Atop Sunrise Rock in the Mojave National Preserve stands a white cross. The cross was originally erected by Veterans of Foreign Wars (VFW) in 1934 in order to memorialize the fallen American soldiers of World War I. In 1999 a request was made to place a Buddhist memorial alongside the cross. The National Parks Service rejected the request on the grounds “that federal law prohibits private parties from installing memorials and other permanent displays on federal property without authorization.”
In light of this decision, the National Park Service declared that the cross would be removed as well. This 1999 decision sparked a lawsuit that is now being heard before the U.S. Supreme Court in the case of Salazar v. Buono. At the heart of the case lies a question about the “Establishment Clause” of the Constitution, that is, the separation between church and state. Does the presence of a religious symbol on public land represent governmental support for a particular religion? Jesse Merriam’s article “Salazar v. Buono: Can Government Give One Religion’s Symbol Prominence in a Public Park?” provides an accessible overview of this pertinent case.
Ken Salazar, the current secretary of the Department of the Interior, is arguing two central points before the Supreme Court. Salazar’s first point challenges the right of Frank Buono, former Assistant Superintendent of the Mojave National Preserve, to file the lawsuit in the first place. Salazar argues that Buono was not directly injured or insulted by the presence of the cross or the rejected Buddhist memorial. Since one must be able to show direct injury to have a legitimate federal case, Salazar argues the case is foundationally illegitimate. The second point of Salazar’s argument increases in complexity because it is grounded in events following the National Park’s 1999 decision. In 2003, the land surrounding the cross was transferred to the VFW. Given that the VFW is a private organization, the conflict over the governmental support of religion has been alleviated.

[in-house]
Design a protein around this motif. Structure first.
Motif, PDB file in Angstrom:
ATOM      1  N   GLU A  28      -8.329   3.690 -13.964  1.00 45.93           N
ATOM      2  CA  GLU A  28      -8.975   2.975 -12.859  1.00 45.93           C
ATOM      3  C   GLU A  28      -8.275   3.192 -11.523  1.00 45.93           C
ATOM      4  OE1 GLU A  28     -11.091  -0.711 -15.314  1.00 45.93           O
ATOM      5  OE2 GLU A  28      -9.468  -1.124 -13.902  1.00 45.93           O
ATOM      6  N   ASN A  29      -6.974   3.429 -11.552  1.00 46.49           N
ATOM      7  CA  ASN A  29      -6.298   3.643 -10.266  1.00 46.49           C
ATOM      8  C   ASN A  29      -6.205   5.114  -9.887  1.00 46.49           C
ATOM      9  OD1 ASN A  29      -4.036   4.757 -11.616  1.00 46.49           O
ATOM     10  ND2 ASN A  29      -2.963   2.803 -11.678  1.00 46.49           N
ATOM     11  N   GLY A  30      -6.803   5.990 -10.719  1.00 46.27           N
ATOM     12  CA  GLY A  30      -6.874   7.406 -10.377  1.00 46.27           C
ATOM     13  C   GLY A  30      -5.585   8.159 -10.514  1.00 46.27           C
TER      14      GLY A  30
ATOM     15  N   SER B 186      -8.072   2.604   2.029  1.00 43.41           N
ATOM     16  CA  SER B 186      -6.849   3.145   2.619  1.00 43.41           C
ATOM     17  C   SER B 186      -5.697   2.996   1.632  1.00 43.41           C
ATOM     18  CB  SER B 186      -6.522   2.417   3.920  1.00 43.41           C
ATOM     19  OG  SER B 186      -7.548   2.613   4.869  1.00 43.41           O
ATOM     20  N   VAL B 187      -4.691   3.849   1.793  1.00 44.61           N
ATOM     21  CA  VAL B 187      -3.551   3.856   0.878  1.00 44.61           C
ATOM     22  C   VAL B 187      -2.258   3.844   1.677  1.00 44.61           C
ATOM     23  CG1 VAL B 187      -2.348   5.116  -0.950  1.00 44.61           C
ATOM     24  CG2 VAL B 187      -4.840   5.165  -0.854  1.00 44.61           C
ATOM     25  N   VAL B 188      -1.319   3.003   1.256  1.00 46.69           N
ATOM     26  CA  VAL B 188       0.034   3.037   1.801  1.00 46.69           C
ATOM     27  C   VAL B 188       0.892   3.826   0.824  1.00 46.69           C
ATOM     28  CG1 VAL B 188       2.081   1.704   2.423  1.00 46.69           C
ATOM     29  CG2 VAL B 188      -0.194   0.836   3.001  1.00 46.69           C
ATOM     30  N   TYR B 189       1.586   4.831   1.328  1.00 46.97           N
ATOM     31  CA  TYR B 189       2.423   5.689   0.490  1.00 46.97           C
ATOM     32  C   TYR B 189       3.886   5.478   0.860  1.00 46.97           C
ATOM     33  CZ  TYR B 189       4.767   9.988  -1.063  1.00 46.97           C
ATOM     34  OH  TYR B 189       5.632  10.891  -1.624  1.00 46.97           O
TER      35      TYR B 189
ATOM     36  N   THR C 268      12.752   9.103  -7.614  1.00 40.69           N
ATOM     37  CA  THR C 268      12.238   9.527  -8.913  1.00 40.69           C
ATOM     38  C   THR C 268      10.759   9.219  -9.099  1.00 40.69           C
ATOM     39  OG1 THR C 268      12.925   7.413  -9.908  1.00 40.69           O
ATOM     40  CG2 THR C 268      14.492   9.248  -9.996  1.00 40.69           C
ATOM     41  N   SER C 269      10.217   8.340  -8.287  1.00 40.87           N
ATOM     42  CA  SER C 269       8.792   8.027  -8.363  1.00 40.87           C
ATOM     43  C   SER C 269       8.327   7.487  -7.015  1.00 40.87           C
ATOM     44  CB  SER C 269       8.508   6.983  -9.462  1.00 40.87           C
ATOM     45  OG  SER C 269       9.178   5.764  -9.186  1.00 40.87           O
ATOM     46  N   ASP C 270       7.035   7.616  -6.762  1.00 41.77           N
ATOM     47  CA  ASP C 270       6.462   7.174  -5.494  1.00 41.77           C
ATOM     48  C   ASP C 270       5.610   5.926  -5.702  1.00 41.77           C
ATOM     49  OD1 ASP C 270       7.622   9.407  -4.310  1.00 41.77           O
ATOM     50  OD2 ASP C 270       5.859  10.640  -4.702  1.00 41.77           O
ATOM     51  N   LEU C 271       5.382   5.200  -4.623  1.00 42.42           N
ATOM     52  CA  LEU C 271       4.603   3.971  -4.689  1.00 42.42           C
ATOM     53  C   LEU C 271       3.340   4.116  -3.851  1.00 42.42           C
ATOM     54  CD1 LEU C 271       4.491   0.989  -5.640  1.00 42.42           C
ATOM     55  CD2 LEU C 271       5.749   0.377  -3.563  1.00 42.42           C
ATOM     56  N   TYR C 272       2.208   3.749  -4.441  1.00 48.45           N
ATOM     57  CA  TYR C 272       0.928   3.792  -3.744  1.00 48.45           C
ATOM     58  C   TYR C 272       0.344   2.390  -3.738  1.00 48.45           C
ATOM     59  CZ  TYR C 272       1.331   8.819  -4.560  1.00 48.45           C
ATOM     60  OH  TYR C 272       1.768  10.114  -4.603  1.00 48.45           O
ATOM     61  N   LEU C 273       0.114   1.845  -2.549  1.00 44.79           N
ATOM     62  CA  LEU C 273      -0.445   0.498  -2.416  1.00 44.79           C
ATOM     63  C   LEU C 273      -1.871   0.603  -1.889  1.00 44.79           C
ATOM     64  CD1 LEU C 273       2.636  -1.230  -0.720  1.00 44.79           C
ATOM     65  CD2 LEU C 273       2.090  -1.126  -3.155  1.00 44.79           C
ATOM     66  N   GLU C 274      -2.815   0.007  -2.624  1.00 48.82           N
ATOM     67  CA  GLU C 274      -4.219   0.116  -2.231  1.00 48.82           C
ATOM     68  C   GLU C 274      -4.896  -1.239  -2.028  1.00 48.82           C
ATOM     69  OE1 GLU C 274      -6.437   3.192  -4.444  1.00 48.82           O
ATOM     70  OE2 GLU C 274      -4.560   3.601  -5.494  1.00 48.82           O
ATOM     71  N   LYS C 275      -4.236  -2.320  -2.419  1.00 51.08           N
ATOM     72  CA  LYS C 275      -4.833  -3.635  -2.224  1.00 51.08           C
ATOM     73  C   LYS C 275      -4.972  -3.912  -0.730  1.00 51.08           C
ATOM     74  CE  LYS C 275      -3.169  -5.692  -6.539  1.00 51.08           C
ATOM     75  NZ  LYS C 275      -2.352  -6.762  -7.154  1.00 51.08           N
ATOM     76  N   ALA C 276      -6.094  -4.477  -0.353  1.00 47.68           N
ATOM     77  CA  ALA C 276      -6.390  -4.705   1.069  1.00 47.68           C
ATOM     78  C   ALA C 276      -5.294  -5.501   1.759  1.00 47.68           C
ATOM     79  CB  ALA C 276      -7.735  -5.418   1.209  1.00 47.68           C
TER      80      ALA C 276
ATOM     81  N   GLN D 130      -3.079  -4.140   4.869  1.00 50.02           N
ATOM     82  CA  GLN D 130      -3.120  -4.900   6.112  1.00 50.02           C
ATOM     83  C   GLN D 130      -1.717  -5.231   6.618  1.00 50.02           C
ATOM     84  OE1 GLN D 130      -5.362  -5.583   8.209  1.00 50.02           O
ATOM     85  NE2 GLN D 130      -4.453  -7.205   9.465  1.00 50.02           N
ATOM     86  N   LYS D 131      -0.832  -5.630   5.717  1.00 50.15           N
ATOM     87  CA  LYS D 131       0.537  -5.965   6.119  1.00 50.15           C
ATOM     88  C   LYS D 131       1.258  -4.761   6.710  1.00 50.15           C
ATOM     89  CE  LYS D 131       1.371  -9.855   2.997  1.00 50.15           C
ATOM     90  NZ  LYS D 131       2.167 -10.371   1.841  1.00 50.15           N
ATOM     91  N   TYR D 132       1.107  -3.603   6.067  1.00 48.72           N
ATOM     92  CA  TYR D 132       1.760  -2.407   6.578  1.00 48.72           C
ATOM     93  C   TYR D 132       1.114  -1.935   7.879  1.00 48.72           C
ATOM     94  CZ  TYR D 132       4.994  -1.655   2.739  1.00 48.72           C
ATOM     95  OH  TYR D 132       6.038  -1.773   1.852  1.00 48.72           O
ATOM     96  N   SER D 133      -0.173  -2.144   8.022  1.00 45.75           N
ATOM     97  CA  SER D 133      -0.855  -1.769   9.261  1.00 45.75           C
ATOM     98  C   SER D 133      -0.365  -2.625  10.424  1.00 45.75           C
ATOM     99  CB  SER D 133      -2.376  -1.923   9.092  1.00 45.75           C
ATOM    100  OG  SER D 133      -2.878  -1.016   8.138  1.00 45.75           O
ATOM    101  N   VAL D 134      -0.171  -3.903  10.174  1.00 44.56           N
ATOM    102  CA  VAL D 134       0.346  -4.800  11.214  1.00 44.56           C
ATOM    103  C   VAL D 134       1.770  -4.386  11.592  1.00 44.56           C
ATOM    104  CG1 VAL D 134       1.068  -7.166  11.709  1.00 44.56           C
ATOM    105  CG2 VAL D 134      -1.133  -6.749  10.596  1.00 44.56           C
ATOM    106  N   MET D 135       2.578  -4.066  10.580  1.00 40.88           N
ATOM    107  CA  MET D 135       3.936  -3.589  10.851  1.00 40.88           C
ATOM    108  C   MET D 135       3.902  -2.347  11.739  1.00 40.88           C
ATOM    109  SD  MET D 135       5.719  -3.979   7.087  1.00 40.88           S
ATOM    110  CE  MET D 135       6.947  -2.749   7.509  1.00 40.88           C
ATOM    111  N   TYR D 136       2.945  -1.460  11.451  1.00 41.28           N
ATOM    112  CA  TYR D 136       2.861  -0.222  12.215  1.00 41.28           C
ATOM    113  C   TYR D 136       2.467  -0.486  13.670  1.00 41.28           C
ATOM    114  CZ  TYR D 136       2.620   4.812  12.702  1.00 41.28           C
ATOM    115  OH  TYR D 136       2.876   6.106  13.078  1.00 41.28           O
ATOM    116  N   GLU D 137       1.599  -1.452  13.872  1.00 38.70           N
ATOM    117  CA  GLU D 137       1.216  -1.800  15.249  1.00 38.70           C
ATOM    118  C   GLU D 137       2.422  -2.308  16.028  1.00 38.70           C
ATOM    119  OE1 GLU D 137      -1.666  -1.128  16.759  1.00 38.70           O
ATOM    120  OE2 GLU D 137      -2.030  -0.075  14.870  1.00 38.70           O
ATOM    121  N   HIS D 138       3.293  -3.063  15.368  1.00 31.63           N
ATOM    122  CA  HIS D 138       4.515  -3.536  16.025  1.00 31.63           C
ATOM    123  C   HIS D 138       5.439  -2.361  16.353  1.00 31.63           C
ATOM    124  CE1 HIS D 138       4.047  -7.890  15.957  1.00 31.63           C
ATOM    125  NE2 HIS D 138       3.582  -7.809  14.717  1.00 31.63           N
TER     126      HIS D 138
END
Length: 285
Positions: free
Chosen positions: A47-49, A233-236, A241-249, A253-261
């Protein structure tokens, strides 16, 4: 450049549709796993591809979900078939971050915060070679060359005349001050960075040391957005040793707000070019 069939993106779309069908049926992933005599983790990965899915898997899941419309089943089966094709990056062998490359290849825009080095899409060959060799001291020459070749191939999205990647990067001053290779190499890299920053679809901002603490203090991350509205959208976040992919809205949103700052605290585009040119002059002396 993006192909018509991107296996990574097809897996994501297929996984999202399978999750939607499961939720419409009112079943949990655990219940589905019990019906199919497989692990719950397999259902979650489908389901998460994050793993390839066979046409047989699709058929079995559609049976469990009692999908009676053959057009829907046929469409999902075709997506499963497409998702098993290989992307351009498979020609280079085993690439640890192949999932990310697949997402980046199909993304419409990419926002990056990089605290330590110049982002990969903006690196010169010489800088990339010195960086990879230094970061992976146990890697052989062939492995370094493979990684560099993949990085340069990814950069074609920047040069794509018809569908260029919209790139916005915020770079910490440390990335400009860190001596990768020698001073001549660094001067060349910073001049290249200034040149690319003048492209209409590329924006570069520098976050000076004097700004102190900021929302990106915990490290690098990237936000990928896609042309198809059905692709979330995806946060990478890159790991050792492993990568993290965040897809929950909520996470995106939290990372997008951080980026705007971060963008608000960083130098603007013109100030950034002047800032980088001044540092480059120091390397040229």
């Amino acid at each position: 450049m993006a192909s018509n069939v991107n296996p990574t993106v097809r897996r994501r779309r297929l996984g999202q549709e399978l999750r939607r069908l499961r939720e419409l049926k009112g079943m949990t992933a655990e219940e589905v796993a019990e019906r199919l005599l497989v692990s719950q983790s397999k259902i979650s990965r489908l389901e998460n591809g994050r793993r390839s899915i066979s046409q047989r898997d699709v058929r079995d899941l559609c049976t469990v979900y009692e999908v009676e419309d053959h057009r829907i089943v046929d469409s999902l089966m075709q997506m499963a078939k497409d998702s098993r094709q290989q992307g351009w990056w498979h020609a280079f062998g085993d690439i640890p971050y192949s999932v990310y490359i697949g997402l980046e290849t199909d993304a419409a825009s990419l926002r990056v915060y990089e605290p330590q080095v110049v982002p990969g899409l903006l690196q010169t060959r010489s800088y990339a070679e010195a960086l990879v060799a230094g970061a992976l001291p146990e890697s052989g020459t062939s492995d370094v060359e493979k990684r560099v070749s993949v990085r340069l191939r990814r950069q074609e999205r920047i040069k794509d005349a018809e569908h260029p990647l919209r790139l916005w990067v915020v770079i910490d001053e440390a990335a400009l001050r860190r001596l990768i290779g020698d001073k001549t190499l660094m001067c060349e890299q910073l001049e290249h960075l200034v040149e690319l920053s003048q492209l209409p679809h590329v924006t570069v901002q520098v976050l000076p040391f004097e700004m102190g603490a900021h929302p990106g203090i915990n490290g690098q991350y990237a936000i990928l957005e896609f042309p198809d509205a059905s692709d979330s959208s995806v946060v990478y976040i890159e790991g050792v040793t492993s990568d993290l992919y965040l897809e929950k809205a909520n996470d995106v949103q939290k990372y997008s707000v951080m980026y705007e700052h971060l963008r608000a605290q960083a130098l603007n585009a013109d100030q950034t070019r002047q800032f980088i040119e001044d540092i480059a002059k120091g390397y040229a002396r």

Frank Buono’s case also rests on two central points. The first point responds to Salazar’s charge that Buono lacks the right to file suit. Buono argues for injury since the presence of the cross and the absence of the Buddhist memorial represent governmental support of one religion over another which threatens his constitutional liberties.
Buono’s second point revolves around the transfer of the land to the VFW, but introduces another twist in the case. In 2002 Congress determined that the Mojave cross was a national memorial. This was a distinguished designation since there are only 45 national memorials in the United States. Buono argues that this designation illustrates governmental favor for one religion due to the absence of other religions’ symbols. Even though the land has been transferred to the private VFW, the governmental designation has not been repealed; thus, the Establishment Clause is endangered.
Merriam’s article concludes with a helpful summary of the potential implications of Salazar v. Buono. If the Court determines that Buono does not have the right to bring suit, it will likely become more difficult for individuals to prove injury in respect to the presence of religious symbols on public property. If the Court rules in favor of Buono’s point that the Mojave cross threatens the Establishment Clause, then the government would need to remove lone religious symbols appearing on publicly owned properties. If the Court rules against this point, then there is a danger that governmental support may be lent to one religious group over another. By nature, Supreme Court cases involve complicated and weighty issues. Fortunately, Merriam’s article clarifies the arguments and draws out the possible ramifications of the Court’s pending decision.
Read Jessie Merriam’s article.